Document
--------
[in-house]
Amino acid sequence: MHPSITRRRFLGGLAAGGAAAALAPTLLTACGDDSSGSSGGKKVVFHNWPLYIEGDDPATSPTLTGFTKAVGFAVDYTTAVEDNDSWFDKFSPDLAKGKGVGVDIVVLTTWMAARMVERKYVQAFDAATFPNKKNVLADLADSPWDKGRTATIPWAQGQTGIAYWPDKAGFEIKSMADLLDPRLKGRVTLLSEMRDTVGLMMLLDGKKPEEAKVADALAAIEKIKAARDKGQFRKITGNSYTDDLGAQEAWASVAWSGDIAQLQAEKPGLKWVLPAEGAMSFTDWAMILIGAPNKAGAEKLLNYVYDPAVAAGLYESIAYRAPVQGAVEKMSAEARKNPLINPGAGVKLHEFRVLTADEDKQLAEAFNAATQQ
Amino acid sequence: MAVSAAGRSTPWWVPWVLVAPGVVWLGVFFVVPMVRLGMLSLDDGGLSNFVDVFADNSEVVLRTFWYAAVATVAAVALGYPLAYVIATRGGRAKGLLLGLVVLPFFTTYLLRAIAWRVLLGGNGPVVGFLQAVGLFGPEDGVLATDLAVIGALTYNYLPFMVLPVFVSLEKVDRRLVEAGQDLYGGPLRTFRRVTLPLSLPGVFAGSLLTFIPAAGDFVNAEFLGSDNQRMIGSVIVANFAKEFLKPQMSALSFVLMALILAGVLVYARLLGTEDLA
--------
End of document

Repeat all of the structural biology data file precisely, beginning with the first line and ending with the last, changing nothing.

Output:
[in-house]
Amino acid sequence: MHPSITRRRFLGGLAAGGAAAALAPTLLTACGDDSSGSSGGKKVVFHNWPLYIEGDDPATSPTLTGFTKAVGFAVDYTTAVEDNDSWFDKFSPDLAKGKGVGVDIVVLTTWMAARMVERKYVQAFDAATFPNKKNVLADLADSPWDKGRTATIPWAQGQTGIAYWPDKAGFEIKSMADLLDPRLKGRVTLLSEMRDTVGLMMLLDGKKPEEAKVADALAAIEKIKAARDKGQFRKITGNSYTDDLGAQEAWASVAWSGDIAQLQAEKPGLKWVLPAEGAMSFTDWAMILIGAPNKAGAEKLLNYVYDPAVAAGLYESIAYRAPVQGAVEKMSAEARKNPLINPGAGVKLHEFRVLTADEDKQLAEAFNAATQQ
Amino acid sequence: MAVSAAGRSTPWWVPWVLVAPGVVWLGVFFVVPMVRLGMLSLDDGGLSNFVDVFADNSEVVLRTFWYAAVATVAAVALGYPLAYVIATRGGRAKGLLLGLVVLPFFTTYLLRAIAWRVLLGGNGPVVGFLQAVGLFGPEDGVLATDLAVIGALTYNYLPFMVLPVFVSLEKVDRRLVEAGQDLYGGPLRTFRRVTLPLSLPGVFAGSLLTFIPAAGDFVNAEFLGSDNQRMIGSVIVANFAKEFLKPQMSALSFVLMALILAGVLVYARLLGTEDLA